At this point in time, the Jets have made significant changes across the board, but their offense has experienced a shift that not many other teams have experienced around the league. They have the personnel to take a dramatic step forward and 2021 — it all depends on the scheme/coaching moving forward.

The New York Jets still have time to bolster the secondary with one solid veteran

richard sherman, jets

The New York Jets seemingly had a fantastic draft and free agency class, but there is one unit they didn’t bolster sufficiently this off-season. Last year, one of the weaker points on defense for Gang Green was the secondary, and after the departure of Jamal Adams, the unit only got worse. The Jets ranked 28th in passing yards allowed per game, giving up 275.6 on average. They desperately need more support at cornerback after cutting Pierre Desir after just one season with the team.

However, there is one free agent on the market that could make perfect sense for the Jets, especially with the hiring of Robert Salah from the San Francisco 49ers.

Currently, on the roster, the Jets have a plethora of inexperienced options which don’t represent immediate starters or impact players.

-Bless Austin

-Bryce Hall

-Justin Hardee

-Isaiah Dunn

-Corey Ballentine

Only one of these players has played more than two seasons in the NFL and an entire 16 game campaign. Justin Hardee, who the Jets signed as a free agent from the New Orleans Saints, has never started a game in the NFL but has played in 56 over four seasons. He has two passes defended to his name, so expecting him to be a starting-level player would be optimistic.

The player on the market who could make the most sense for Gang Green is Richard Sherman, who is coming off a three-year, $27.15 million deal. At 33 years old, there’s no question that Sherman is getting up there in age, but as an intelligent corner who is one of the best defensive backs in the last decade, he could offer them plenty of value as a veteran in the locker room.

Sherman recently played for Salah and his defense, featuring in just five games last year, but did partake in 15 regular-season games and three playoff contests in 2019. During his 2019 season, he recorded a 90.5 overall coverage grade, allowing 373 yards and one touchdown the entire season. As a historically lock-down man coverage corner, Sherman clearly has a bit of gas left in his tank, but after missing the majority of the 2020 campaign, the Jets might be able to snag him up on a cheaper deal.

Considering the connection between Sherman and Salah, this would be an easy signing to make for the Jets, inserting an immediate starter into the secondary who can help the young players gain their sea legs in the NFL.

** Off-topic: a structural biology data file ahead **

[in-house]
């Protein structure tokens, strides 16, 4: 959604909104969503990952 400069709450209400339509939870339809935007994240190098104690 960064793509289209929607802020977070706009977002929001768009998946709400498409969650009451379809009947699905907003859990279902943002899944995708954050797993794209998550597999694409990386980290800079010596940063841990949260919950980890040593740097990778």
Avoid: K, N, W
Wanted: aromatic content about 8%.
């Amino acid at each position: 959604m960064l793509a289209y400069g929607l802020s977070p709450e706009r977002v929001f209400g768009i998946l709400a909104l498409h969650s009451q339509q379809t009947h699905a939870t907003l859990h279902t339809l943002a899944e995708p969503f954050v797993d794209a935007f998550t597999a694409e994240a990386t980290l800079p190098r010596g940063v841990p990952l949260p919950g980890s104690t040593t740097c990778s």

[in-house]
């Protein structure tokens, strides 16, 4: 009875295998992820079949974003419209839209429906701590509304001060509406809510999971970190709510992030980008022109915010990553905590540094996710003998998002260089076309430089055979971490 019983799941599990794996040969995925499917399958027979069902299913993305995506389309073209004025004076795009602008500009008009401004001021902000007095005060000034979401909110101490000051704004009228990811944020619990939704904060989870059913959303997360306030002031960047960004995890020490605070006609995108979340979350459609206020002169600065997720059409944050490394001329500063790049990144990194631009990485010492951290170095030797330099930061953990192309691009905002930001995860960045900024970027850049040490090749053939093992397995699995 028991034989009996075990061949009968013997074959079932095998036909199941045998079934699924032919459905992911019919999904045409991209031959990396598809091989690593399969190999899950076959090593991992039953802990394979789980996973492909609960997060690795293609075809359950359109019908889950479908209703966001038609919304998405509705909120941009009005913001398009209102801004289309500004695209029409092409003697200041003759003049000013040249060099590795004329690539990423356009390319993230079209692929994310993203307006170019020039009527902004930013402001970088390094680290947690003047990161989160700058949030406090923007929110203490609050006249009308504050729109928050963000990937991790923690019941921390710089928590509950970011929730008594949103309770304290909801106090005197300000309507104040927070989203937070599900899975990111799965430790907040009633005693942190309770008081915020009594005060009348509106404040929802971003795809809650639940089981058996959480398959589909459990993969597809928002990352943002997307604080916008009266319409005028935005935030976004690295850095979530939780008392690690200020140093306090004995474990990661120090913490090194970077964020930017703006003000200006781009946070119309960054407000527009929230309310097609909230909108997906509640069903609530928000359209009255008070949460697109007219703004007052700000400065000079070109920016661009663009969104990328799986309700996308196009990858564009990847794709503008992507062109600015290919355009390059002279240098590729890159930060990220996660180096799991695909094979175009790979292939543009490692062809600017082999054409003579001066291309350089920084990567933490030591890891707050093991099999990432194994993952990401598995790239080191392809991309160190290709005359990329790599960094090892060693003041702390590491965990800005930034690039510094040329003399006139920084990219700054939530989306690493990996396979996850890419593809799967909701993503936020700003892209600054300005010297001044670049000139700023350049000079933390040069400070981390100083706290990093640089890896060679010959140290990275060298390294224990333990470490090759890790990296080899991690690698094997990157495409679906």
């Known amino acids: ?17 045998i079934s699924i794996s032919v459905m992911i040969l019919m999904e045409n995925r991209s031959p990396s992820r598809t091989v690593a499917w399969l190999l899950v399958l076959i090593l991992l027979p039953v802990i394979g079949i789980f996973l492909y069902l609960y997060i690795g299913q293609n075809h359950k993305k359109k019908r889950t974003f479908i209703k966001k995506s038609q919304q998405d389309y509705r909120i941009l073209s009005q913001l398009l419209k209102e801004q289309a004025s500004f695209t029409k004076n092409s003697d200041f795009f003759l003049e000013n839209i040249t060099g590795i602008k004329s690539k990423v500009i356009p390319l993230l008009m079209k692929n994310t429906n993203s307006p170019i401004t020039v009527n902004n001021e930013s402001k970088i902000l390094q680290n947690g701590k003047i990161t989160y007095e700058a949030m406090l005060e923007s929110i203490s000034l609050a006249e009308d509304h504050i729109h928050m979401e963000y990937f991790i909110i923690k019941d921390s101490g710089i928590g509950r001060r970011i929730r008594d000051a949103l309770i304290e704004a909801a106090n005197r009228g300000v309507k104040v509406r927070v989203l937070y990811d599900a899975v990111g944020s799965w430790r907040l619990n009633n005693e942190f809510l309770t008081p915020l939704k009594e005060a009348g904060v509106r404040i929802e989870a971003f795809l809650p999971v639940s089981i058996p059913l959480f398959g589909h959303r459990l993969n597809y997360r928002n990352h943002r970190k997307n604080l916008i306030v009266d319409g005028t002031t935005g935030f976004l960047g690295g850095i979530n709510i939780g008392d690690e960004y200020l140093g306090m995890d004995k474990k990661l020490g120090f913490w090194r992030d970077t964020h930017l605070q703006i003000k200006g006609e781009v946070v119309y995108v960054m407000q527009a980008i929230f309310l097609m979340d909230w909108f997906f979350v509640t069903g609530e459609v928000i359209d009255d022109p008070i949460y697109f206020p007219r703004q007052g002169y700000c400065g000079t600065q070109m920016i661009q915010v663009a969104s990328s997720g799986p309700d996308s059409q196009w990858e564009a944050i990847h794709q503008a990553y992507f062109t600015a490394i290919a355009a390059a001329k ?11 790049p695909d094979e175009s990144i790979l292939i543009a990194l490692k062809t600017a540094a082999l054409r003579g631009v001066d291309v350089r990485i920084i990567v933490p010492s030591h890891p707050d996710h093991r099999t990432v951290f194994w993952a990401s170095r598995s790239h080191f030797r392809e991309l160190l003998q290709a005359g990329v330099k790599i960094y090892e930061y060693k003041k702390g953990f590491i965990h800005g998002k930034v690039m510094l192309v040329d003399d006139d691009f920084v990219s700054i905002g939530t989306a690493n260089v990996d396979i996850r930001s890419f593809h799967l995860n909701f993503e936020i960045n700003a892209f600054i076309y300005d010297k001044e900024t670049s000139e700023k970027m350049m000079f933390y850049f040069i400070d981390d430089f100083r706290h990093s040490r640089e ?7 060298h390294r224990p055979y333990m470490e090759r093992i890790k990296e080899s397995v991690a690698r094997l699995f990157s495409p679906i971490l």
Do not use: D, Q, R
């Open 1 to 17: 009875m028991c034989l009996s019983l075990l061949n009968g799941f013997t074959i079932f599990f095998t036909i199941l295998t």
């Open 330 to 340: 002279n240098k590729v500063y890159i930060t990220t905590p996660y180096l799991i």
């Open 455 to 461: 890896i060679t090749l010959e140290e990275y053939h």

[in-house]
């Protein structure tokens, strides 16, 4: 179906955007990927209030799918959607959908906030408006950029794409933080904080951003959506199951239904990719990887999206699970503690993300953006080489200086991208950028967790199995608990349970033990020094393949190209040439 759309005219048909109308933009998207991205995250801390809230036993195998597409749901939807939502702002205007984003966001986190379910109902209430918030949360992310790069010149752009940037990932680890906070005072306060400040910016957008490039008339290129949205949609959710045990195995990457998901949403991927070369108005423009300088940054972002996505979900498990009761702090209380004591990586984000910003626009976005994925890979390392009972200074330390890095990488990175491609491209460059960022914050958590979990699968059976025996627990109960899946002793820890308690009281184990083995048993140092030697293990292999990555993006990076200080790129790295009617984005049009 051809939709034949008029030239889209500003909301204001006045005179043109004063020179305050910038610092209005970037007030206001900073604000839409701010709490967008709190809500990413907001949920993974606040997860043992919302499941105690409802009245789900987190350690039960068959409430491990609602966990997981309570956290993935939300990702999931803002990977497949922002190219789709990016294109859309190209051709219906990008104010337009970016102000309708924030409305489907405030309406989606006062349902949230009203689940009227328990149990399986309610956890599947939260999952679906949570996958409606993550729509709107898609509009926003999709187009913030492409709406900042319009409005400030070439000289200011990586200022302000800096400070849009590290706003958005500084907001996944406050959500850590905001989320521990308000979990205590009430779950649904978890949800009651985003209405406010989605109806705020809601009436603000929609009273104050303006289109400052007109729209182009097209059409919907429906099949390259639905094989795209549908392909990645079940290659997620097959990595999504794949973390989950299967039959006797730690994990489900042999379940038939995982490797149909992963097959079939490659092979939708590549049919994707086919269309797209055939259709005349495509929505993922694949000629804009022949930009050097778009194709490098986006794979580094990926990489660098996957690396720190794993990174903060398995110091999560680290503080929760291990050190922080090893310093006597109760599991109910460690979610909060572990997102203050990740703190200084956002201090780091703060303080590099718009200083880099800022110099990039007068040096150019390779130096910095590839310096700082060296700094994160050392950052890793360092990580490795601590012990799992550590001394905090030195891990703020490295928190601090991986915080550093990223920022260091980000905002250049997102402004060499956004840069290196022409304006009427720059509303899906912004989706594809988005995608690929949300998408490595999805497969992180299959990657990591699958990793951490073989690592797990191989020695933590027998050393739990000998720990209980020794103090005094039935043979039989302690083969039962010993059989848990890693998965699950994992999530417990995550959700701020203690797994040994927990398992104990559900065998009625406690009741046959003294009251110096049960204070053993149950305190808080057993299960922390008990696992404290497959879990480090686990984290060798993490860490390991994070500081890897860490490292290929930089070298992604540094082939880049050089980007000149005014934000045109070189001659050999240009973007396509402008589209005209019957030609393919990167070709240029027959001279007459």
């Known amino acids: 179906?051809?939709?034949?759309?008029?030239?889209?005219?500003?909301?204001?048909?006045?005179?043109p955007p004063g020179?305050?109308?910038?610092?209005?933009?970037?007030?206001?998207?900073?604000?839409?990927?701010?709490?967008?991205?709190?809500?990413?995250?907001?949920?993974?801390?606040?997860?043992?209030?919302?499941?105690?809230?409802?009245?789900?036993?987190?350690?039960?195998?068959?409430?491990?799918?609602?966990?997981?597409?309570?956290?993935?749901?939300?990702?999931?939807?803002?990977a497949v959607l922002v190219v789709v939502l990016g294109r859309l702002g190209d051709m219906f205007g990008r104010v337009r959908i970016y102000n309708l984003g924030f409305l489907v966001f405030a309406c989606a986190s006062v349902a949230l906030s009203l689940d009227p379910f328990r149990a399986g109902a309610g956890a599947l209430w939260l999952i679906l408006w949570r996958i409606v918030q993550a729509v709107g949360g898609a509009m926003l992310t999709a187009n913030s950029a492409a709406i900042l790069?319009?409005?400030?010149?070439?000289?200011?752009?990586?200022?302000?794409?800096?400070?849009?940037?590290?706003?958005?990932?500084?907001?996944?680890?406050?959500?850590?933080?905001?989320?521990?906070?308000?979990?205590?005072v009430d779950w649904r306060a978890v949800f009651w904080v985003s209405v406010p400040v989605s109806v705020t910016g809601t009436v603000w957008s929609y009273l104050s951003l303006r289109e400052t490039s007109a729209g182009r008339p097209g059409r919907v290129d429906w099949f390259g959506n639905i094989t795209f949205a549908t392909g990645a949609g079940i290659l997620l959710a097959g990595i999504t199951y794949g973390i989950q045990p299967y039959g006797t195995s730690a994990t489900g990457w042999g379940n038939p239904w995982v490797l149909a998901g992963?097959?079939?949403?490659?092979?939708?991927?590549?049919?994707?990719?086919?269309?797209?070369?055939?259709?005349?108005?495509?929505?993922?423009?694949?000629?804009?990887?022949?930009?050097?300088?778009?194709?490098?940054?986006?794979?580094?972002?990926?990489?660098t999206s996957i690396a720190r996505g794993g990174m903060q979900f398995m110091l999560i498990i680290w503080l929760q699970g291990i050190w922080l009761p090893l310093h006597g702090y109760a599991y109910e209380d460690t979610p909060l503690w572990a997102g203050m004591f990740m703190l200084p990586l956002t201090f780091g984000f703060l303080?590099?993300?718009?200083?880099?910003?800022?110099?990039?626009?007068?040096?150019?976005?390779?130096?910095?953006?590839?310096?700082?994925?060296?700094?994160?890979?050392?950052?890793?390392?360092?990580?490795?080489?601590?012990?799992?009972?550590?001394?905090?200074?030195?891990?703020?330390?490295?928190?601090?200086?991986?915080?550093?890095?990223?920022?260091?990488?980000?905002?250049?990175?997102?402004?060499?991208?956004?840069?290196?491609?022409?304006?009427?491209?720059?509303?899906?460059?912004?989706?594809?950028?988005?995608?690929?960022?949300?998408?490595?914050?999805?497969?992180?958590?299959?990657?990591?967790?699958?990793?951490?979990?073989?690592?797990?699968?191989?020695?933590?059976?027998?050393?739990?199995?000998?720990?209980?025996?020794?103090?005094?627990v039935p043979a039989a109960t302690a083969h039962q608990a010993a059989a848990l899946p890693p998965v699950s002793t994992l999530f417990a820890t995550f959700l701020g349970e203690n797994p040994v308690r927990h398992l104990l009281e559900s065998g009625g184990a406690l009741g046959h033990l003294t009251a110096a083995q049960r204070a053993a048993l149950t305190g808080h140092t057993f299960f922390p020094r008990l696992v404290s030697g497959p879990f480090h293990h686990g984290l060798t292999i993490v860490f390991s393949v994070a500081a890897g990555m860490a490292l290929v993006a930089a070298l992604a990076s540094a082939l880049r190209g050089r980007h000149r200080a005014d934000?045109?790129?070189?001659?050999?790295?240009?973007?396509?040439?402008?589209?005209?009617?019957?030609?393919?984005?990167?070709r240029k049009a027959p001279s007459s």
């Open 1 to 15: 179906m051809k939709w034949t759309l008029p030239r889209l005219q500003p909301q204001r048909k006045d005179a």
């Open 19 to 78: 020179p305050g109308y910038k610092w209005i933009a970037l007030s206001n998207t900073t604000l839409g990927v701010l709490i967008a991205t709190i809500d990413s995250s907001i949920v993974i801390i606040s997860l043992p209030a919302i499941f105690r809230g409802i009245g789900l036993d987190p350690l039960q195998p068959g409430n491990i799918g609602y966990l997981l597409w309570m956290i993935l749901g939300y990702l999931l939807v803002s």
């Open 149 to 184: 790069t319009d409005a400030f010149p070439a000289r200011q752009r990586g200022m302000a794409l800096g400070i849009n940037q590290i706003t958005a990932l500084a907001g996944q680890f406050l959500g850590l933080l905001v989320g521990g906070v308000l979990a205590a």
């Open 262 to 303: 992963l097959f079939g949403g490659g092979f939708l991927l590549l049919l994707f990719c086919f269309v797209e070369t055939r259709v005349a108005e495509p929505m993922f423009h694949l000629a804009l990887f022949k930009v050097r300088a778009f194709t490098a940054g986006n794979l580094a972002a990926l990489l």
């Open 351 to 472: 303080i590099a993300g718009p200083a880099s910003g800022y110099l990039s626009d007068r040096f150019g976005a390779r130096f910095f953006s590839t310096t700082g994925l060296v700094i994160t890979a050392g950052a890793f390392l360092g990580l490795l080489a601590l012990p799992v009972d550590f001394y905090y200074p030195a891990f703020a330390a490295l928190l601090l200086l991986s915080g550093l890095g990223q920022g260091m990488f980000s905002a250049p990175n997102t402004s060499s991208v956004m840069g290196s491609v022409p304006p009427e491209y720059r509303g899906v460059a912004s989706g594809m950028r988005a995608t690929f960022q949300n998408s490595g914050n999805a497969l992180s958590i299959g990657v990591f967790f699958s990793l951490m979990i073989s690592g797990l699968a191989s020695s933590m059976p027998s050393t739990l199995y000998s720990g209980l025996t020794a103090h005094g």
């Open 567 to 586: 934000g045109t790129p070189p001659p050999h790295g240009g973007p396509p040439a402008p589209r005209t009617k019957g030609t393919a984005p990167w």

Signing Sherman to a one or two-year deal in the $7 million range would make sense, given the lesser contracts signed this off-season. The Jets currently have about $32 million available and cap space, giving them plenty of money to work with prior to the start of the 2021 season.

Do the New York Jets have an underrated wide receiver core?

new york jets, jamison crowder

The New York Jets are headed into the 2021 season with an overturned roster, specifically at quarterback and wide receiver. Of course, expectations for second overall pick Zach Wilson are sky-high, as they should be based on his incredible attributes and capabilities on the run as a passer. Coming out of BYU, Wilson has the ability to throw on the move, deliver accurate passes downfield, and operate an offense adequately.

While the NFL presents an entirely different challenge, the Jets made sure to give Wilson plenty of weapons and resources for his rookie season. They went out and grabbed Corey Davis from the Tennessee Titans, who is considered a high-end WR2, if not a fringe WR1.

Compared to the wide receivers the Jets offered Sam Darnold last year, this is an entirely different group with far more capabilities. They traded away Sam’s best target in Robby Anderson, leaving him to fend for himself.

Nonetheless, the Jets have an underrated WR core this upcoming season, especially after drafting Ole Miss stand-out Elijah Moore.

New York Jets wide receiver core:

WR1: Corey Davis

Davis is an adequate player who signed a three-year, $37.5 million deal with the Jets, including $27 million guaranteed. While they spent big money on the receiver, he will offer Wilson a solid route runner who could also act as a possession option. The former first-round pick is only 26 years old and posted a career-high 984 yards and five touchdowns last year as a complement to AJ Brown.